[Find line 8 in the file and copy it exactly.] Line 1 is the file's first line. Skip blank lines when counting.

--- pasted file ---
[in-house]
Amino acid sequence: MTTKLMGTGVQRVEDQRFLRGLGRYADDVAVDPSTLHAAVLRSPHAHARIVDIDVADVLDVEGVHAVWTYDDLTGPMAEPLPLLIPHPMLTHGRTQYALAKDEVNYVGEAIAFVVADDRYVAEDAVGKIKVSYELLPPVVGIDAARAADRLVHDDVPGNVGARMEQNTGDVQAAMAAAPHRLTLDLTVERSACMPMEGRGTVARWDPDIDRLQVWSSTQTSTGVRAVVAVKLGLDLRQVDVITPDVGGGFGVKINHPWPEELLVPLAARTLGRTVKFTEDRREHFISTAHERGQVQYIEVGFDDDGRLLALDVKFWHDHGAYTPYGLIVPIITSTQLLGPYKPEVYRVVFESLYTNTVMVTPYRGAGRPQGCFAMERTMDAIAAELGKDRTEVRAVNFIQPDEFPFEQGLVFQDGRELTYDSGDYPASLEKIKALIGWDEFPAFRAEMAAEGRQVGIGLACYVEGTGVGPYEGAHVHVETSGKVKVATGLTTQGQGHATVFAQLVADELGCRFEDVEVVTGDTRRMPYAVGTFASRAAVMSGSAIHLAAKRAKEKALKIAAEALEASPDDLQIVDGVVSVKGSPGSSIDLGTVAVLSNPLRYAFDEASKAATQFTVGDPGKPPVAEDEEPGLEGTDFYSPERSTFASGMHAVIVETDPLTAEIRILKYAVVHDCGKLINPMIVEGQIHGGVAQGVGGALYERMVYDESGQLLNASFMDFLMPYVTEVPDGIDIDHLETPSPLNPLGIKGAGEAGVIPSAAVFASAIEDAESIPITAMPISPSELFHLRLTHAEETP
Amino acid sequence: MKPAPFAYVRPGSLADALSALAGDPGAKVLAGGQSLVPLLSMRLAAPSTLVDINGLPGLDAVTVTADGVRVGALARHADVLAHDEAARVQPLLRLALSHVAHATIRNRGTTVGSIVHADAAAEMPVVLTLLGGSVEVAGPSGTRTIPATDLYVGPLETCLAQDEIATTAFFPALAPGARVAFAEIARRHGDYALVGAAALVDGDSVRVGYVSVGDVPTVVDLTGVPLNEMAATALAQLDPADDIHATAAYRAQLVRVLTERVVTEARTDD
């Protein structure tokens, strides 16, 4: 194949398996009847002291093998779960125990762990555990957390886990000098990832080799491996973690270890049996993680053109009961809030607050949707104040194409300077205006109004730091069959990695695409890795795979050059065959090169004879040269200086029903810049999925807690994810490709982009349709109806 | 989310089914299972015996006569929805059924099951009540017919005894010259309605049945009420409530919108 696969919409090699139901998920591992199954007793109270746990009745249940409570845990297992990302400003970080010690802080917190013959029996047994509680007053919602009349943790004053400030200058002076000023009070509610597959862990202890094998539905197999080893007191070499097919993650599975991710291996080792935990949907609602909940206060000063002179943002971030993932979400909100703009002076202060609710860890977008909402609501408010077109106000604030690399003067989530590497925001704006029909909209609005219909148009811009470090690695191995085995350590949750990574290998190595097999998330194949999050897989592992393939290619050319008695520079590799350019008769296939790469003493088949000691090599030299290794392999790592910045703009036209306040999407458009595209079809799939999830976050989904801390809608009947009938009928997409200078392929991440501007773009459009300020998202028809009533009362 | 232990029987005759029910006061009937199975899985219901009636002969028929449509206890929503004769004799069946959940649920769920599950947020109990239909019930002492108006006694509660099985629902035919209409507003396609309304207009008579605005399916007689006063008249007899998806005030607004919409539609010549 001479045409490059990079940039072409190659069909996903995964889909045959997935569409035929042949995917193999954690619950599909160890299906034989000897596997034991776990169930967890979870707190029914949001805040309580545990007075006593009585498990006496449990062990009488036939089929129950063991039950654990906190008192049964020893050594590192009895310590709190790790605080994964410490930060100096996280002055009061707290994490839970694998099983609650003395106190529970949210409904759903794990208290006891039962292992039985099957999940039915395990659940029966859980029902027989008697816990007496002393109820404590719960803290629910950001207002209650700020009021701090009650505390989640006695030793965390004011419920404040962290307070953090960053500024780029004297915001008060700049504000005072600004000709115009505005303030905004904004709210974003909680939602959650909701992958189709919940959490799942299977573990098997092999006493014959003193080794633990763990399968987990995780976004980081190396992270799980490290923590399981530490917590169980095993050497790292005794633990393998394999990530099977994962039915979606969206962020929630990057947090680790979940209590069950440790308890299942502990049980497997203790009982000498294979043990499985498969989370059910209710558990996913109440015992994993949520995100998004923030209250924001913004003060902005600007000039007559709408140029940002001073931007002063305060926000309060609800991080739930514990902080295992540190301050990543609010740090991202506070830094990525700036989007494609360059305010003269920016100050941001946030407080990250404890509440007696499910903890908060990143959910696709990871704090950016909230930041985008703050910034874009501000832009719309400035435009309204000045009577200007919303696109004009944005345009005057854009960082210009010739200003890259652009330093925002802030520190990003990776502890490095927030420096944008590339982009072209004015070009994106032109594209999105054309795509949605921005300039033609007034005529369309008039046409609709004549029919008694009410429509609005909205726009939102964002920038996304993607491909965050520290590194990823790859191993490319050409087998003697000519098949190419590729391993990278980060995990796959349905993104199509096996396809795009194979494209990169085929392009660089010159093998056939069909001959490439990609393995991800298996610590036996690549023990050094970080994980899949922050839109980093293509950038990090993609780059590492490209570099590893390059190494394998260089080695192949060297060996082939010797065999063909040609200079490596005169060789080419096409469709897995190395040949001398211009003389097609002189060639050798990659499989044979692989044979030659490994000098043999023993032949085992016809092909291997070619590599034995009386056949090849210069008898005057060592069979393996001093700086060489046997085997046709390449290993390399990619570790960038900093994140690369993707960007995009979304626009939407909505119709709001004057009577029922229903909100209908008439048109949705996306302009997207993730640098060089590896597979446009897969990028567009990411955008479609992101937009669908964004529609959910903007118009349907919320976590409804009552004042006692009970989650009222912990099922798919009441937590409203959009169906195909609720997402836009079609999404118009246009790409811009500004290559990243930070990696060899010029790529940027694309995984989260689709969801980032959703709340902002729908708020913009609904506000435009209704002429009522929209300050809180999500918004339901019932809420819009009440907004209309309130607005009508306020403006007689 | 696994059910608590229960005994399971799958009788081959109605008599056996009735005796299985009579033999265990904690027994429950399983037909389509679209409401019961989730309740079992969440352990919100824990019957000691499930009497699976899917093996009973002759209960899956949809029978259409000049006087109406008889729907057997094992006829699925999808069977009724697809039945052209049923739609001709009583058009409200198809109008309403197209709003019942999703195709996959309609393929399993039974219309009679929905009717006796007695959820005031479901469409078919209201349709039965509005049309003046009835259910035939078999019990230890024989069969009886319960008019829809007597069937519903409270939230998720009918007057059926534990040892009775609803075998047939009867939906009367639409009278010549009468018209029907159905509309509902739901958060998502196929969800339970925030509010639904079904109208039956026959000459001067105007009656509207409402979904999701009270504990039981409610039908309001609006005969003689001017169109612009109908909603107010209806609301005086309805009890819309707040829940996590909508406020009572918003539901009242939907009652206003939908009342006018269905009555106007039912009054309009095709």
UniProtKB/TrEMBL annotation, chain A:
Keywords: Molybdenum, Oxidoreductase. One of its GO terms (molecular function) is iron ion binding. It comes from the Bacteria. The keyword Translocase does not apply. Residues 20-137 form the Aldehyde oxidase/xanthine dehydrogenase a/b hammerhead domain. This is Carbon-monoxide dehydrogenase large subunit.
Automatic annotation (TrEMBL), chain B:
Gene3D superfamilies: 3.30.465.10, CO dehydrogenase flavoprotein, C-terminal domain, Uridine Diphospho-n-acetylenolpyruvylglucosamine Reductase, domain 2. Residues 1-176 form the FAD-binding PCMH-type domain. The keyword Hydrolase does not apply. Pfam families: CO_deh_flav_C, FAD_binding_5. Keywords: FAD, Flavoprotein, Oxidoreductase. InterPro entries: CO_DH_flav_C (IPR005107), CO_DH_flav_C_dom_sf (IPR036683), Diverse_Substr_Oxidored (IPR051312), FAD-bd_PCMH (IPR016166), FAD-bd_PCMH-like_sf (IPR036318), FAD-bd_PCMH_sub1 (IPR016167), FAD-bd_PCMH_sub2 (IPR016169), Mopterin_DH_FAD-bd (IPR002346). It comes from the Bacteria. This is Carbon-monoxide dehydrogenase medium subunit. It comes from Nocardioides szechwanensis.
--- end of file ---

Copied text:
Gene3D superfamilies: 3.30.465.10, CO dehydrogenase flavoprotein, C-terminal domain, Uridine Diphospho-n-acetylenolpyruvylglucosamine Reductase, domain 2. Residues 1-176 form the FAD-binding PCMH-type domain. The keyword Hydrolase does not apply. Pfam families: CO_deh_flav_C, FAD_binding_5. Keywords: FAD, Flavoprotein, Oxidoreductase. InterPro entries: CO_DH_flav_C (IPR005107), CO_DH_flav_C_dom_sf (IPR036683), Diverse_Substr_Oxidored (IPR051312), FAD-bd_PCMH (IPR016166), FAD-bd_PCMH-like_sf (IPR036318), FAD-bd_PCMH_sub1 (IPR016167), FAD-bd_PCMH_sub2 (IPR016169), Mopterin_DH_FAD-bd (IPR002346). It comes from the Bacteria. This is Carbon-monoxide dehydrogenase medium subunit. It comes from Nocardioides szechwanensis.